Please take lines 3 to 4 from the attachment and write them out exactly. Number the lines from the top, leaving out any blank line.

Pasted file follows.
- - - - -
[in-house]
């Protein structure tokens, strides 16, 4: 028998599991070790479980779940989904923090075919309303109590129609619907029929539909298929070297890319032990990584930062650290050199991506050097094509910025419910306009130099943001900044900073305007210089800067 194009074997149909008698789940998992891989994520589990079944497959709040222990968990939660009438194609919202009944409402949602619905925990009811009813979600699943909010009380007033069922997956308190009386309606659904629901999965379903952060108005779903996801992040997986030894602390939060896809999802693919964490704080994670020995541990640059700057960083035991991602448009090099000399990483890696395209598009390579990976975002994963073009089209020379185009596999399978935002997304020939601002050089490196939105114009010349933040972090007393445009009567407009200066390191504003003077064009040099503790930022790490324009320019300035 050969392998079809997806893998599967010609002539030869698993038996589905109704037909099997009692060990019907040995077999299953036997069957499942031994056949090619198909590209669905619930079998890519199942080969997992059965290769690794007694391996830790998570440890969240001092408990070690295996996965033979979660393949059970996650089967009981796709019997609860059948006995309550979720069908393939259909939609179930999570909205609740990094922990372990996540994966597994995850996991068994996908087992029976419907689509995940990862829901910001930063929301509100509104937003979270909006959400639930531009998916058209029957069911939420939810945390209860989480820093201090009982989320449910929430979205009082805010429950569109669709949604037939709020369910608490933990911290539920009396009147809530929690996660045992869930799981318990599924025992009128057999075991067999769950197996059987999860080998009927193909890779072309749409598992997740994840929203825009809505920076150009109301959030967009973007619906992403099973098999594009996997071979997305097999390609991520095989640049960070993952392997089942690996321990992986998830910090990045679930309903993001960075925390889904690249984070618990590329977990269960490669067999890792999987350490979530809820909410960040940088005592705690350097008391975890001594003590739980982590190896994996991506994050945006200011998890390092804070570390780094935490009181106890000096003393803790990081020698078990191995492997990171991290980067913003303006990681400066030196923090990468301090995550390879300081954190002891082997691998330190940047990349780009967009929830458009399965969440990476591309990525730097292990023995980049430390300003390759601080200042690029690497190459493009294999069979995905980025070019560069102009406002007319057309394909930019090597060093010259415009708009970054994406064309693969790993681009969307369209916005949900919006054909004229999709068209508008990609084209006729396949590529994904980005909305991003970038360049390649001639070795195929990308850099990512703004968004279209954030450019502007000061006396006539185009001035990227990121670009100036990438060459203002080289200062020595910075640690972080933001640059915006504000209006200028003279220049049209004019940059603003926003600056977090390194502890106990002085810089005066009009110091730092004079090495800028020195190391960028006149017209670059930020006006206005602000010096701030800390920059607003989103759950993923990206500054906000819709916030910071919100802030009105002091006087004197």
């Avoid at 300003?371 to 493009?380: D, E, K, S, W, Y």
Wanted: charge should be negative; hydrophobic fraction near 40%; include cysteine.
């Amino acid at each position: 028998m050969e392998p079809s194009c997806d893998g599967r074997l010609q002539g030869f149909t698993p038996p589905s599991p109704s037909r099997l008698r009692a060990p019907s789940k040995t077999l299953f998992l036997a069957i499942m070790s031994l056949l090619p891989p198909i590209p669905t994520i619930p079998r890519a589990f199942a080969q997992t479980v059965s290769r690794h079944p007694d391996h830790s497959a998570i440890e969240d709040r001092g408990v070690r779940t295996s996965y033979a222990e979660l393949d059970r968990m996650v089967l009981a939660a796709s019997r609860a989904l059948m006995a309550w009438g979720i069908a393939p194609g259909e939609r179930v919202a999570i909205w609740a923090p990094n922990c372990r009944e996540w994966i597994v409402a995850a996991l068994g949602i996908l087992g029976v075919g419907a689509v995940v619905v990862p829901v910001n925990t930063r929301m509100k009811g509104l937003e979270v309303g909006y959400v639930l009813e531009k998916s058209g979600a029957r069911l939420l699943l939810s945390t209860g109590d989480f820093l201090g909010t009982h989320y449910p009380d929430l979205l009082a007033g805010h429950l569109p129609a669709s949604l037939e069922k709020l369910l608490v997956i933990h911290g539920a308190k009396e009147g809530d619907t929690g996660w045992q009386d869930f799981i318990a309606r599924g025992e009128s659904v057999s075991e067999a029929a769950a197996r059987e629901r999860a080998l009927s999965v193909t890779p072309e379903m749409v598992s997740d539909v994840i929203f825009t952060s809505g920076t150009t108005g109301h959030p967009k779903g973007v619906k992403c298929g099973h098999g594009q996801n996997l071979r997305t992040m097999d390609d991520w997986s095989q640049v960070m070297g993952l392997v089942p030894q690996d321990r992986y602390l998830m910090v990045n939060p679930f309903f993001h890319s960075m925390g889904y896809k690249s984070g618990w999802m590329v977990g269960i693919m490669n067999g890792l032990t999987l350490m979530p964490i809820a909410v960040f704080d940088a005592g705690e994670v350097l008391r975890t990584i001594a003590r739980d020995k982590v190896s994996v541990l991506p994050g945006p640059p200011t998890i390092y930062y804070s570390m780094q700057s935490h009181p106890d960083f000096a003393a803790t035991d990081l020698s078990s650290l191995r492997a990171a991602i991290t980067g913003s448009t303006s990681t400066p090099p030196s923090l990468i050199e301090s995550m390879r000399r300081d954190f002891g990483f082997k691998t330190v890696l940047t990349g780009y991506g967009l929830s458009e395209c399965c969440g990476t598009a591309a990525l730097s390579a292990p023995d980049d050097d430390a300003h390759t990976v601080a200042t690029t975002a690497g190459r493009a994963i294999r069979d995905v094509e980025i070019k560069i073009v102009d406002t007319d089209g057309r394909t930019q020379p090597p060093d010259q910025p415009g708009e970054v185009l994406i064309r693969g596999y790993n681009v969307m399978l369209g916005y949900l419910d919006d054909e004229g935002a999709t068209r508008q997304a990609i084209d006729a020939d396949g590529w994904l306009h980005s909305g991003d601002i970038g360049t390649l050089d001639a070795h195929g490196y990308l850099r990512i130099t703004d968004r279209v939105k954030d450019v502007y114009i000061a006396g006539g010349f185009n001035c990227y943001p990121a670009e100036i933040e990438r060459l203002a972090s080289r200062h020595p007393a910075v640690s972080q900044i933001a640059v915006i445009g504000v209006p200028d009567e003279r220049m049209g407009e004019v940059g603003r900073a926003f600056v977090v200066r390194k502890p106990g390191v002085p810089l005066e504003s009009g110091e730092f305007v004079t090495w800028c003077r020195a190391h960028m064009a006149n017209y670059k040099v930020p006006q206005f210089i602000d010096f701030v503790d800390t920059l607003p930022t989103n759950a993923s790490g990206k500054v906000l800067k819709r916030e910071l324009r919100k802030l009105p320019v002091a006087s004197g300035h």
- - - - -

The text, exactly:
């Avoid at 300003?371 to 493009?380: D, E, K, S, W, Y």
Wanted: charge should be negative; hydrophobic fraction near 40%; include cysteine.